An Answer to Our Prayers

By Nancy Bazilchuk

The Bible says it took just seven days to create the world. But the Lutheran Diocese of Västerås, one of Sweden’s largest, knows it takes decades to grow a healthy forest that can then be harvested in a sustainable way. And they’re willing to put considerable financial capital behind a US$32 million plan to reforest more than 90,000 ha in northern Mozambique, transforming the now-barren land to a verdant forest.

Fully half of the land will be protected as a conservation area, while the remaining forests will be planted in pine, teak, and eucalyptus. Accompanying the reforestation project will be investment in social development programs, such as the construction of local manufacturing plants to produce charcoal and high-quality sawn timber. Thus, a single focused project achieves the church’s dual goals of giving less-well-off communities hope for the future and protecting the environment, says Åsa Tham, chief executive officer of the Global Solidarity Fund, a group of religious investors that will oversee the Mozambique project.

Welcome to a new world of high finance, one in which religious groups with substantial capital choose conservation-driven projects in which to invest. Churches in the U.S., particularly the Catholic Church, have a decades-long history of socially responsible investing led by the 30-year-old Interfaith Center on Corporate Responsibility. But in April 2005, a new international group will be formally chartered at a conference in London. The International Interfaith Investment Group-known as 3iG-will help faiths across the globe invest their assets in projects that conform with their religious beliefs and protect or improve the environment. The new group’s founding members include representatives from the Buddhist, Christian, Druze, Jewish, Hindu, Muslim, Sikh, and Zoroastrian faiths.

Martin Palmer, Secretary-General of the Alliance of Religions and Conservation, an international group based in Manchester, England, that is helping 3iG come to life, says no one should confuse this effort with charity. “This is intelligent, compassionate and faithful use of finances,” he says.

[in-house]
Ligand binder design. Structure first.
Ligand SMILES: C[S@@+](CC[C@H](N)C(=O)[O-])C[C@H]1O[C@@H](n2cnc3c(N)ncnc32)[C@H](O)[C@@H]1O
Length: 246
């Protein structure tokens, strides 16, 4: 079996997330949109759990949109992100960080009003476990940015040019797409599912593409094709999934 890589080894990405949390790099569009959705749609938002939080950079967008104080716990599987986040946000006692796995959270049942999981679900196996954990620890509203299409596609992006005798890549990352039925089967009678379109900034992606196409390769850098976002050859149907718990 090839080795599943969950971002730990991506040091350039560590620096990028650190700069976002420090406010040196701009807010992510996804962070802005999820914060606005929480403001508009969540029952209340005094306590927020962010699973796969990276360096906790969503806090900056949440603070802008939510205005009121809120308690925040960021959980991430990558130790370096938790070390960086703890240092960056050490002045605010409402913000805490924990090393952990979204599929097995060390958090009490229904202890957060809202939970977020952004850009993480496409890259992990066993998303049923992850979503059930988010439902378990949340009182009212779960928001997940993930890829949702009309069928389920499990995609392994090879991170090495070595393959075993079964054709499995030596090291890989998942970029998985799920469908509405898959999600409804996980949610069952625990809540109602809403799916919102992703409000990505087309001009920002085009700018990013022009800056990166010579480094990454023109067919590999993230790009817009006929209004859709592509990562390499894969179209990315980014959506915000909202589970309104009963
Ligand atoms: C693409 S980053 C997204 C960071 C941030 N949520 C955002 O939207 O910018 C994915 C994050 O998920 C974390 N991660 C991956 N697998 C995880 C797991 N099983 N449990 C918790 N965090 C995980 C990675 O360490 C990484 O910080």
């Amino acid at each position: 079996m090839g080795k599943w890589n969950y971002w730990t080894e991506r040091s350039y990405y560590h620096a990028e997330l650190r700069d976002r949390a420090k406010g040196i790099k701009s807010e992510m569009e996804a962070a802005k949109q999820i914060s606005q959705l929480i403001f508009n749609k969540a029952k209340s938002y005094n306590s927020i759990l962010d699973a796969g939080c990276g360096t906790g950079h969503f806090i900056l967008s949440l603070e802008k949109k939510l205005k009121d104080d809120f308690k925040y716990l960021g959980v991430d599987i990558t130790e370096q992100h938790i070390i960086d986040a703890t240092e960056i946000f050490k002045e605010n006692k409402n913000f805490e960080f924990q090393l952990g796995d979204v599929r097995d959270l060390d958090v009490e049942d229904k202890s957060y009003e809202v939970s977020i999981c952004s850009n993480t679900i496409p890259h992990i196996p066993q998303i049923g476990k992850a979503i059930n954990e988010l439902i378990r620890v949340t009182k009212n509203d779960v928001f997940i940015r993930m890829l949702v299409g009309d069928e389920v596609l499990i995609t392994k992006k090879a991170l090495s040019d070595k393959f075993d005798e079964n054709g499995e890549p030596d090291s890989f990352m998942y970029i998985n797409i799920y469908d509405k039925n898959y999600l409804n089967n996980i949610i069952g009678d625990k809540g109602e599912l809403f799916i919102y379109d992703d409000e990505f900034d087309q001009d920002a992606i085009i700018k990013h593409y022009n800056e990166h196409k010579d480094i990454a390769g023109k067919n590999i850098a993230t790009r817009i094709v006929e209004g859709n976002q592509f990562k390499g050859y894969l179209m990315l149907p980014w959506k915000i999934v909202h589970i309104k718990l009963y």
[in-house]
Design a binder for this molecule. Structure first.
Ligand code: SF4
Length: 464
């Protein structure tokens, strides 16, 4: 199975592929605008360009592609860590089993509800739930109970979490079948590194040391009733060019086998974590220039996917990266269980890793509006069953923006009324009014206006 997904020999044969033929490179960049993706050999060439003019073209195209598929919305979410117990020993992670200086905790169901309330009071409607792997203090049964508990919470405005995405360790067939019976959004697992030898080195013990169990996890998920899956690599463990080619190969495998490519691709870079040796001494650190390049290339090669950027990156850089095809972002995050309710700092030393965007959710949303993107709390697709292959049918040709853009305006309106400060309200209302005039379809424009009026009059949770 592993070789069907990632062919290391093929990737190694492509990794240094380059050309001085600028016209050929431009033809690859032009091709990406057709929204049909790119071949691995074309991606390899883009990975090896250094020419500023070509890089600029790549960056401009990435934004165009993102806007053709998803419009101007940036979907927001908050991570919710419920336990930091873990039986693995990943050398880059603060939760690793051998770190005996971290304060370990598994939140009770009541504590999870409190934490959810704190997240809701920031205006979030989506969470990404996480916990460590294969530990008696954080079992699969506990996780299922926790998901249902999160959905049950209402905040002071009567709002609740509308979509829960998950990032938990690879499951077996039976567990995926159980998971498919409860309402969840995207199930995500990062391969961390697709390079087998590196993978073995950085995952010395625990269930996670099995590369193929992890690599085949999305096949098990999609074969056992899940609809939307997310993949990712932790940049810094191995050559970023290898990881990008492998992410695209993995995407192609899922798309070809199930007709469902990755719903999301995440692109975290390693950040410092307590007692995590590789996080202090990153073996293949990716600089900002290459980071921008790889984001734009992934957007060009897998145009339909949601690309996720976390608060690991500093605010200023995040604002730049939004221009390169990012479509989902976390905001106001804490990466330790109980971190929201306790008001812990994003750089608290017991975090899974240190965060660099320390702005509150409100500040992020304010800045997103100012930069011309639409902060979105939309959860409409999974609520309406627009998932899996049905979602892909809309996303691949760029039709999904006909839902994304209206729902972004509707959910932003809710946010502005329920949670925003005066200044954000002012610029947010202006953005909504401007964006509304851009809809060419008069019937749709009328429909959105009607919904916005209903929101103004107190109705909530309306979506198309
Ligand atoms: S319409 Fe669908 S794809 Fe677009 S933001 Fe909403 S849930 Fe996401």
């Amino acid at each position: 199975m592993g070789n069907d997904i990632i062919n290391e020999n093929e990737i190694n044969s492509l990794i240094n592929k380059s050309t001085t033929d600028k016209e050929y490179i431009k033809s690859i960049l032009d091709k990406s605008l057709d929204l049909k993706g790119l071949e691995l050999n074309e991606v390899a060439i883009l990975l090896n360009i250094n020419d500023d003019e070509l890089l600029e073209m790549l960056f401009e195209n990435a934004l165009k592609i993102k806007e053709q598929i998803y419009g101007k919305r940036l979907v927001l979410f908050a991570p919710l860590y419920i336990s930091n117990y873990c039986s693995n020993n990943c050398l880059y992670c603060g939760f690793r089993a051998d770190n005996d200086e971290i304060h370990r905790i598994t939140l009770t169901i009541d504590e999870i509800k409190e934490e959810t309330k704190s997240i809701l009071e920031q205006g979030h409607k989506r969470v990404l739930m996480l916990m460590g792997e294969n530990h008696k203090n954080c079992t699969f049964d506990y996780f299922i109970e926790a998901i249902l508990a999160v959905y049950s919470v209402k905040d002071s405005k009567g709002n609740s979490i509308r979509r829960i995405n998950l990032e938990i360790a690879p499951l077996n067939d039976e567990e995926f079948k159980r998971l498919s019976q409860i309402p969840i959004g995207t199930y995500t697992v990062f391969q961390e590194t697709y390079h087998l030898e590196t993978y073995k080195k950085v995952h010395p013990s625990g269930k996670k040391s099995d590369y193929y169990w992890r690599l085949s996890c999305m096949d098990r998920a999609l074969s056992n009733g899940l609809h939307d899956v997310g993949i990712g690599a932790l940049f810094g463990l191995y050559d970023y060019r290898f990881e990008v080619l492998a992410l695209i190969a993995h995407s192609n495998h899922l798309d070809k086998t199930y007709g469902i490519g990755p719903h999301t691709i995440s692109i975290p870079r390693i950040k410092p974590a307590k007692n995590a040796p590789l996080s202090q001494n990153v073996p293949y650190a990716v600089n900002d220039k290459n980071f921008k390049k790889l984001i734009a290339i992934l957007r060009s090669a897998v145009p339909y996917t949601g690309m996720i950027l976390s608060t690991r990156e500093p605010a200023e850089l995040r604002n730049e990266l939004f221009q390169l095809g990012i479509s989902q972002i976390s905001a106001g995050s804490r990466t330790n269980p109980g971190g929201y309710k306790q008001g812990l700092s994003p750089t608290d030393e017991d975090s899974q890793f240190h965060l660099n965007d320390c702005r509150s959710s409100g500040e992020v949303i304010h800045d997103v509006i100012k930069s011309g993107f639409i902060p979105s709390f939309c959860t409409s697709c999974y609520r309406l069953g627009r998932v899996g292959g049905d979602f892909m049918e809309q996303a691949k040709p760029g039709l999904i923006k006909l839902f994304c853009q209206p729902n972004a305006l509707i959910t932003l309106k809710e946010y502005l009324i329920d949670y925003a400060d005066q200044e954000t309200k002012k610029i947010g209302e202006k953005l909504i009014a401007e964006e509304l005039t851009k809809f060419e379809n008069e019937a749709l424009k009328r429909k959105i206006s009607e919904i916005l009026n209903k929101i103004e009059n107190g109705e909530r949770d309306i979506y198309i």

As envisioned, 3iG will help churches, synagogues, mosques, and temples across the globe find other religious investment partners and projects that offer sound financial returns while doing good for the environment. 3iG will function as a clearing house for both information and networking. The group’s organizers are being advised by Citigroup, Rabobank, the World Bank, Innovest, WWF International, and economic think-tanks such as the Medley Global Advisors. Palmer says the goal of 3iG is to help religious groups come up with areas for investments, such as energy conservation or sustainable forestry, and then to identify other like-minded religious groups who also want to invest in the area.

Sweden’s Mozambique venture is a good example of how 3iG will work, both Palmer and Tham say. The Church of Sweden is that country’s seventh-largest forestland owner and has a demonstrated expertise in forestry with a 1,000-year history of managing tithed lands. Its woodlands all produce “green-certified” products. This silvicultural expertise-along with the church’s belief that it ought to be making the world a better place-make the Mozambique project a logical one. “We need to invest our money somewhere,” Tham said. “We could buy stocks and bonds and shares-that would be easier to administrate-but in the long run this is a much better choice for us.”

The Swedes don’t believe they will have to invoke any divine powers to make good on their Mozambique enterprise. The Västerås diocese is working in a collaborative effort with the Mozambique diocese of Niassa and a number of international aid agencies, including the Swedish International Development Agency. All the groups have done their accounting homework; after Year 5, the forests are expected to deliver a 5 percent annual return that should rise to 20 percent by Year 18.

Some investors might see the long time frame as prohibitive, but religious investors have something that most conventional investors don’t-the patience of Job. Religious investors don’t have stockholders looking at next quarter’s returns, Palmer says, although they must make certain their capital does earn money because they have to pay out pension funds and cover other church-related expenses, just like a conventional business.

But this is no ordinary business. One estimate by Citigroup, which is helping fund 3iG’s startup, puts the current value of the Earth’s major faiths’ investments at around six percent of the world’s capital. While much of that value is in land ownership, roughly US$1 trillion of that capital is liquid in the form of stocks, bonds, and other investments. “We take them seriously because they own quite a lot of the planet,” Palmer says.

Such capital-combined with a long-range vision that views environmental benefits on equal footing with capital returns-can make for powerful societal change. That’s how the Swedish diocese sees its venture, Tham says. In fact, the Swedish diocese will be a 3iG charter member. Tham says she looks forward to being able to work with other religions who will be more likely to share her church’s ethical attitudes toward the environment and investing. “All churches, all religions have a responsibility toward God’s creation,” she said. “You are supposed to be a steward of that creation-you are not supposed to exploit it.”

About the Author

Nancy Bazilchuk is a freelance writer based in Trondheim, Norway.

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